A growing number of colleges and universities have entered into agreements with financial firms to provide debit and prepaid card services for students in exchange for monetary benefits to schools.
The agency’s new rule will impact more than nine million college students that are exposed to campus-sponsored bank accounts.
“Student financial aid should be for the benefit of students, not banks,” said U.S. Sen. Richard Durbin, D-Ill. “When colleges and universities partner with financial institutions to issue campus debit cards, students are often targets of aggressive marketing and excessive fees.”
Durbin said the new rule establishes a strong set of reforms that will allow students to focus on their education rather than the fees and fine print of a debit card contract.
Students usually get these accounts for their federal financial aid dollars, but they can end up paying hundreds of dollars in fees each year.
Banks behind the fees have been the subject of investigation by the Federal Deposit Insurance Corporation and the Federal Reserve, as well as the target of a major class-action lawsuit recently settled in Connecticut, said Christine Lindstrom, higher education program director for U.S. PIRG.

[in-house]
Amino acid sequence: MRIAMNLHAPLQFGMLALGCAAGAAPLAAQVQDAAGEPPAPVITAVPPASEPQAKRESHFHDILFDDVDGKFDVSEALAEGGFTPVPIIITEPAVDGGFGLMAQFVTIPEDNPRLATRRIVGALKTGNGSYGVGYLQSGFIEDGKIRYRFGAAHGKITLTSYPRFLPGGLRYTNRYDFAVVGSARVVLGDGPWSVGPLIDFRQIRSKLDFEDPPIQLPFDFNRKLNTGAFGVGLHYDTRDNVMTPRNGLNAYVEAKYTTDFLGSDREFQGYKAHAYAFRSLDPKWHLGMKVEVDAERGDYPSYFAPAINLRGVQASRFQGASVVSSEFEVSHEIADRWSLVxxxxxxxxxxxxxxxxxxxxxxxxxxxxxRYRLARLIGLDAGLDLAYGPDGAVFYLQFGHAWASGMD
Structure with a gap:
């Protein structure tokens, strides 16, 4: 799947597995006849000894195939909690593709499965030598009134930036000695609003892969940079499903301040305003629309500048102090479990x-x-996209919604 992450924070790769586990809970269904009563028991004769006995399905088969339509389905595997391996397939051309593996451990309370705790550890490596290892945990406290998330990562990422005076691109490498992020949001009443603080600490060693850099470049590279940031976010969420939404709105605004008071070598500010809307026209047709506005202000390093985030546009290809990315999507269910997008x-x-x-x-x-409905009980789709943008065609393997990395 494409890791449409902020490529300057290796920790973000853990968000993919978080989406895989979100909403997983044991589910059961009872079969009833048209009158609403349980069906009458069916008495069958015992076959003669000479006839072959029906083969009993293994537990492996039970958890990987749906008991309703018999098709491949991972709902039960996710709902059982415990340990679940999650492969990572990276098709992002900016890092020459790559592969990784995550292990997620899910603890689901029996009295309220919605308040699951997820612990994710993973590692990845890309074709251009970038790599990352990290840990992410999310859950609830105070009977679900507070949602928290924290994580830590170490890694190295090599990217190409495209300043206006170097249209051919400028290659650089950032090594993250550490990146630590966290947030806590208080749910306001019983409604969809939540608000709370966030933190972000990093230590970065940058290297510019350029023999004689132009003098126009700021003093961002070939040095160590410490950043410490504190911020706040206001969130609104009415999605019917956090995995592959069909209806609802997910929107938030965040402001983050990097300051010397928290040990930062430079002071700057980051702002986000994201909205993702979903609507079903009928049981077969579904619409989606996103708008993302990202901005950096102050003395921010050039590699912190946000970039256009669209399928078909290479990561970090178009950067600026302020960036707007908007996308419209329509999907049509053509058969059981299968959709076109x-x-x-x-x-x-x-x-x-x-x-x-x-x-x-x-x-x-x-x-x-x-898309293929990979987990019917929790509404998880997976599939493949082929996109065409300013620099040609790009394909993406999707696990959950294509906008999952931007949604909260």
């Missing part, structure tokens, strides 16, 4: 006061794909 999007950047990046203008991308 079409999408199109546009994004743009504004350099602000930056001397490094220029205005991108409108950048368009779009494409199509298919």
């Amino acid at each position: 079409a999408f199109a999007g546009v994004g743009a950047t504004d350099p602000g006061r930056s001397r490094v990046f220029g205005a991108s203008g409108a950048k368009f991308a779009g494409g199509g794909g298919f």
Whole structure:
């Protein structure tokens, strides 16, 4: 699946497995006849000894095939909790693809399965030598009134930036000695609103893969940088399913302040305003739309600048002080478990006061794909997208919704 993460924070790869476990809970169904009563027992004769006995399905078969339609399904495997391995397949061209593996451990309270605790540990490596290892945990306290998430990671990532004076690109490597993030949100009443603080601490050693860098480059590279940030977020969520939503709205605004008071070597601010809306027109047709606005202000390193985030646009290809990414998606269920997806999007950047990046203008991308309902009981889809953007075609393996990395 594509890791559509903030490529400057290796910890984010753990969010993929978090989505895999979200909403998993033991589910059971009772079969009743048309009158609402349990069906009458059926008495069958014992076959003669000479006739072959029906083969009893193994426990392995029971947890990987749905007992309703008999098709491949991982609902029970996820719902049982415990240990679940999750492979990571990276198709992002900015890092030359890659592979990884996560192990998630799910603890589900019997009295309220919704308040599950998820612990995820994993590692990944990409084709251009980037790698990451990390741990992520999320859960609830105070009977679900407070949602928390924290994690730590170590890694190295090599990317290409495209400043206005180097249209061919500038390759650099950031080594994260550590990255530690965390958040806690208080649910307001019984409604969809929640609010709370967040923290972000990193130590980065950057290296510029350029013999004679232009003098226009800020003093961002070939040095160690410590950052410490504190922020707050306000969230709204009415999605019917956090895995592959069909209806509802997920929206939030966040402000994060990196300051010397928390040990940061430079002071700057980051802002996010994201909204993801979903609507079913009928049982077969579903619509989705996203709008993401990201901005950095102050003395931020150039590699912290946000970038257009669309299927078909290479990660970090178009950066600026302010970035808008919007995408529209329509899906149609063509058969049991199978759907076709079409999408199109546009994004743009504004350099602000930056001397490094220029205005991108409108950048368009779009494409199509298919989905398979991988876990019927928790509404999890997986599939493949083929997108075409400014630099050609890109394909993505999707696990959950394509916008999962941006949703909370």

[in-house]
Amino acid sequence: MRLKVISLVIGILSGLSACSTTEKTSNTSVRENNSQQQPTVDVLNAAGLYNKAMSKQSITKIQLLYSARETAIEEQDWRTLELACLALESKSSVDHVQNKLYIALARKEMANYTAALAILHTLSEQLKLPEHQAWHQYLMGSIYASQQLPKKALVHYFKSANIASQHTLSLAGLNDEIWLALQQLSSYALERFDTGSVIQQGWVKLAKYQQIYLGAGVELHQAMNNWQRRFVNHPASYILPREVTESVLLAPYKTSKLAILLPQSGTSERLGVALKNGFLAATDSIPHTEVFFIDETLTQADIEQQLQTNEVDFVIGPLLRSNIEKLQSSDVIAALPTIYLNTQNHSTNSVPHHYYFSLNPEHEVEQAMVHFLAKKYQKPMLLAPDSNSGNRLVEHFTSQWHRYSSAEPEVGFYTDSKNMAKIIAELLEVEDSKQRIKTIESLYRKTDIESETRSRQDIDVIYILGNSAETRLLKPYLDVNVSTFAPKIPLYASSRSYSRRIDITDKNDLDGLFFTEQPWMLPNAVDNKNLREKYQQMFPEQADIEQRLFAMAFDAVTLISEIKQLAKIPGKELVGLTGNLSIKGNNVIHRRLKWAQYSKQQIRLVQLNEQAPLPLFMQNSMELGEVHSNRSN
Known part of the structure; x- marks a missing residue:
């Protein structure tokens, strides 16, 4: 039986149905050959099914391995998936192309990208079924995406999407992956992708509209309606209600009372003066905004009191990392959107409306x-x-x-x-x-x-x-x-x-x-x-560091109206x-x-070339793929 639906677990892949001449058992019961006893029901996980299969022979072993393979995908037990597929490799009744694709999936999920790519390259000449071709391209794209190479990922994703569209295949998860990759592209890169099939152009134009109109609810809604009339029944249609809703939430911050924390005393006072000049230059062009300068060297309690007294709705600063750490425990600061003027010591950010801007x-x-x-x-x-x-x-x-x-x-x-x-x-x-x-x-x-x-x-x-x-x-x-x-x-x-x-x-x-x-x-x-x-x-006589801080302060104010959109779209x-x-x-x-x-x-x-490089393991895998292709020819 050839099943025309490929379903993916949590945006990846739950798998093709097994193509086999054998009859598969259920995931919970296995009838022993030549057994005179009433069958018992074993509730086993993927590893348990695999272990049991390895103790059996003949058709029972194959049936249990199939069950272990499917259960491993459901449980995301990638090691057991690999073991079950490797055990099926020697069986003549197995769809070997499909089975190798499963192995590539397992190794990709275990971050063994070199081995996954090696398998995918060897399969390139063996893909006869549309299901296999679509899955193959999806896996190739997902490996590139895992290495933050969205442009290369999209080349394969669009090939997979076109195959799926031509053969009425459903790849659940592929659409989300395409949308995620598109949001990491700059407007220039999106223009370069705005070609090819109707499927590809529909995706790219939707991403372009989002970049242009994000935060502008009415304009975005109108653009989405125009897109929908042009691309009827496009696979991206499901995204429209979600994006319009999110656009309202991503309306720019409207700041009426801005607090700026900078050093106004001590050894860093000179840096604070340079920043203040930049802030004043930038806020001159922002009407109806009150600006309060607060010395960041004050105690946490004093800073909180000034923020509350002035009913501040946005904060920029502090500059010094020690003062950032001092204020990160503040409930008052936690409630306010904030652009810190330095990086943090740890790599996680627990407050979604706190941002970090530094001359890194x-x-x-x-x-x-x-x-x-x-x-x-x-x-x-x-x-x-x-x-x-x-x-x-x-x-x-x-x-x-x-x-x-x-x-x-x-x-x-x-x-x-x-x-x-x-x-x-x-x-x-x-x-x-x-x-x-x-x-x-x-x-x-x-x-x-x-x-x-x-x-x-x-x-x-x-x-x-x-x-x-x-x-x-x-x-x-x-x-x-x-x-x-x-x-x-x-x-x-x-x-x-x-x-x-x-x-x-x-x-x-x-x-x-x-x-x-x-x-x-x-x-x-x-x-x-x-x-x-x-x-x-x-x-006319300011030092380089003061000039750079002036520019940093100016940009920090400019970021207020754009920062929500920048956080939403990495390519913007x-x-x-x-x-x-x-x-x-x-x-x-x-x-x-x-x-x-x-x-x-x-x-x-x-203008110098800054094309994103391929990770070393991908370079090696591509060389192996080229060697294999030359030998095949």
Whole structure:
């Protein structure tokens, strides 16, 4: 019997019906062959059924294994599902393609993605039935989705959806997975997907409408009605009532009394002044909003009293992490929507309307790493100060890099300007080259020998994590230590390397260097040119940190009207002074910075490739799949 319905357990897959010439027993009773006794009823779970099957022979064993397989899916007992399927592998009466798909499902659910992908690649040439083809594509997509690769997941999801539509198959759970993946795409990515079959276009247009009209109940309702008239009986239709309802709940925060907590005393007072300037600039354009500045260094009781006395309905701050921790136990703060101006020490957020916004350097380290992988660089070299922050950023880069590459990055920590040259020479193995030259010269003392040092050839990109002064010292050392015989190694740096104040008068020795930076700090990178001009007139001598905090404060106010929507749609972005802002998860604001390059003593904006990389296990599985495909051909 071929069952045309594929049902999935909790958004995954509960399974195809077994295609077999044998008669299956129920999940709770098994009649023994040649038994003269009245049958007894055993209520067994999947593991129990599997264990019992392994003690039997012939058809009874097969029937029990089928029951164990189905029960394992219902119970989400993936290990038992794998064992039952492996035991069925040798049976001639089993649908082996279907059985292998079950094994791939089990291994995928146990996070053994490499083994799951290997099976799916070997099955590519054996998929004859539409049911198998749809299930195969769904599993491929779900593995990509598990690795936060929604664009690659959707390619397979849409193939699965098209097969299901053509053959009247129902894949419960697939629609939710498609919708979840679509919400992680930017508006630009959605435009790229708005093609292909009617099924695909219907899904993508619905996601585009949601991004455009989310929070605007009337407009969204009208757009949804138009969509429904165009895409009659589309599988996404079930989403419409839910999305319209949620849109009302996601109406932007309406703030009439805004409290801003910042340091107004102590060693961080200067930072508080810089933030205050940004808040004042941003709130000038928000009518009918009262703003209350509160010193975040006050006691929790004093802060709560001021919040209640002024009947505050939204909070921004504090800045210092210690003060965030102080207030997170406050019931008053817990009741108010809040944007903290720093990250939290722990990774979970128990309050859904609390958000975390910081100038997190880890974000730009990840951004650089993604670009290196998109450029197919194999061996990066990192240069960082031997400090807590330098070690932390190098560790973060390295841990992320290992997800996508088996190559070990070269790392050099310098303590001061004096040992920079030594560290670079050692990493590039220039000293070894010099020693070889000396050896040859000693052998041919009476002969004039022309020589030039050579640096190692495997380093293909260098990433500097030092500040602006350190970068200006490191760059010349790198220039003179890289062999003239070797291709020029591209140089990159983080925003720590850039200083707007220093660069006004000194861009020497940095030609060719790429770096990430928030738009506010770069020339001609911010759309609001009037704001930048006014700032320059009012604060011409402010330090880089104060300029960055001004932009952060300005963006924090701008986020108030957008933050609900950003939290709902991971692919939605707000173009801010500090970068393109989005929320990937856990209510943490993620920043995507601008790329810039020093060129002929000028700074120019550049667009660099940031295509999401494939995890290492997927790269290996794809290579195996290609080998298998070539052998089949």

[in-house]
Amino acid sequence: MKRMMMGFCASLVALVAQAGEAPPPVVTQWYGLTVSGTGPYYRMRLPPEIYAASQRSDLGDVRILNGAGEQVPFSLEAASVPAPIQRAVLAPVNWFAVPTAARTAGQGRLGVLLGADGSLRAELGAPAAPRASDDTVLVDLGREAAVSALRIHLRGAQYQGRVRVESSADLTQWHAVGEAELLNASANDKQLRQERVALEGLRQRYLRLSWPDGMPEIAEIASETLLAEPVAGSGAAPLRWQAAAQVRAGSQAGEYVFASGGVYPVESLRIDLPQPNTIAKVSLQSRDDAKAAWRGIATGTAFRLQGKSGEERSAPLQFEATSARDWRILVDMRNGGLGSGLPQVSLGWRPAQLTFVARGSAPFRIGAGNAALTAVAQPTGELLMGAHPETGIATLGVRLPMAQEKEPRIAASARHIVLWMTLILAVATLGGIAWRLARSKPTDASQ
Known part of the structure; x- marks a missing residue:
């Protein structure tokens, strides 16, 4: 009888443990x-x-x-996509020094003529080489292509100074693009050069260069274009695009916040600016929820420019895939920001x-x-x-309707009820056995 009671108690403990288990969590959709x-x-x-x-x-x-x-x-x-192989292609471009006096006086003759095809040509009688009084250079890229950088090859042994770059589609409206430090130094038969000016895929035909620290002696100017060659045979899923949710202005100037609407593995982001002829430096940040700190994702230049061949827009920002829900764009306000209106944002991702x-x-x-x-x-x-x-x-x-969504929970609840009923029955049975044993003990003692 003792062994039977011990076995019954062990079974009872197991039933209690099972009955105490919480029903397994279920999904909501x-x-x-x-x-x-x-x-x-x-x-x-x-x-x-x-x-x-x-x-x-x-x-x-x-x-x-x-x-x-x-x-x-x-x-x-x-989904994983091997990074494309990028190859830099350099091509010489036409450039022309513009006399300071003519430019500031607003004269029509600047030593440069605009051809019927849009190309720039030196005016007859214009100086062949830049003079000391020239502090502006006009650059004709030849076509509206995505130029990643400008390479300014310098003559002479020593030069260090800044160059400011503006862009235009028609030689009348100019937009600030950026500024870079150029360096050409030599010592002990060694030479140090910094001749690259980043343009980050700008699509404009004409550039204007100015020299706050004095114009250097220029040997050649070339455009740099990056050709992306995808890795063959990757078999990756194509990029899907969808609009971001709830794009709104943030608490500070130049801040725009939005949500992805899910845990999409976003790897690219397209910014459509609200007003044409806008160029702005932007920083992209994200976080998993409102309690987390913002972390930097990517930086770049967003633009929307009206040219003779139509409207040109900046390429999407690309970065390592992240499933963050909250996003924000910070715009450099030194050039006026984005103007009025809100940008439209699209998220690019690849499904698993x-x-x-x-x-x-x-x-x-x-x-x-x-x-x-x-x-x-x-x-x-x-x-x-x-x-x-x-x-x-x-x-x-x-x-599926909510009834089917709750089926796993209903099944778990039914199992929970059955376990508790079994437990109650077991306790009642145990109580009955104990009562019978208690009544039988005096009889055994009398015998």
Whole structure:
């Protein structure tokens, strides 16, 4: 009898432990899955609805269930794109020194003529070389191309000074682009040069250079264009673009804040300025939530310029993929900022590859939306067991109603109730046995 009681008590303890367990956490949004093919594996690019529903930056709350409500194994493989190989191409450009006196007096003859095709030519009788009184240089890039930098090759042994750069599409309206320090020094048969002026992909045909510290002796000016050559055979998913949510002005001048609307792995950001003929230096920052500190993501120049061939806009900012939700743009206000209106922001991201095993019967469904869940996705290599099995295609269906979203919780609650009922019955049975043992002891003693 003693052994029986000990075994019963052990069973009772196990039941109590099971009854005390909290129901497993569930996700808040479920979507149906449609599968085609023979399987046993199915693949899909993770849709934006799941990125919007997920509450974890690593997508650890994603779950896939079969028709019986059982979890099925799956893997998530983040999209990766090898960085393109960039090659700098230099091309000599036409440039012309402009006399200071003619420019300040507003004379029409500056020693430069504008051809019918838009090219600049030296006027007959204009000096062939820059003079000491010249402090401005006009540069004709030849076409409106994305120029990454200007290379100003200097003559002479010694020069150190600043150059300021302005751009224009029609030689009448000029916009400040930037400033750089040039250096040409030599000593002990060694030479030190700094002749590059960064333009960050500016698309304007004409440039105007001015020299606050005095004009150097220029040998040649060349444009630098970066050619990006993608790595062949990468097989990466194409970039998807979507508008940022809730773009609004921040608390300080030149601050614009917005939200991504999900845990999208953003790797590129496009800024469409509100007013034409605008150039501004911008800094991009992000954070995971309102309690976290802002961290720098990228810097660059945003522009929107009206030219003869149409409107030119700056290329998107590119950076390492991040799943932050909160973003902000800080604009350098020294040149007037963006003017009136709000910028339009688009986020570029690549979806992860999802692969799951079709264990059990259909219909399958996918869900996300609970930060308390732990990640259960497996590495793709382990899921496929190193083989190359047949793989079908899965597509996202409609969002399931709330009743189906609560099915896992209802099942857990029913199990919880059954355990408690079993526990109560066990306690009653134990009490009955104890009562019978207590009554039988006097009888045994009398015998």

The new rule prohibits banks from charging overdraft fees to students who are using a debit account. Overdraft fees can be as high as $37, and banks often change the order of transactions to collect the most overdraft fees possible from students.
The rule also bans inactivity fees and a point-of-sale fee, a 50 cent per-transaction fee which isn’t commonly charged outside the campus marketplace. The new rule affects more two million students and will go into effect July 2016.
In addition, the rule bans aggressive marketing tactics such as pre-mailing debit cards to students before they have opted into the account. It also ensures that the banking contract is publicly available on campus and submitted to the department annually.
“While the new rule allows for banks to continue sharing revenue with colleges as part of the deal and for banks to adopt the campus logo on their banking products, it still manages to protect students,” Lindstrom said. “The contract transparency provisions it contains are essential to ensure that students do not get taken advantage of in these banking deals.”
However, the rule does allow certain bank accounts offered on campus to continue to charge high overdraft and other fees because the cards are marketed outside of the financial aid process, she said.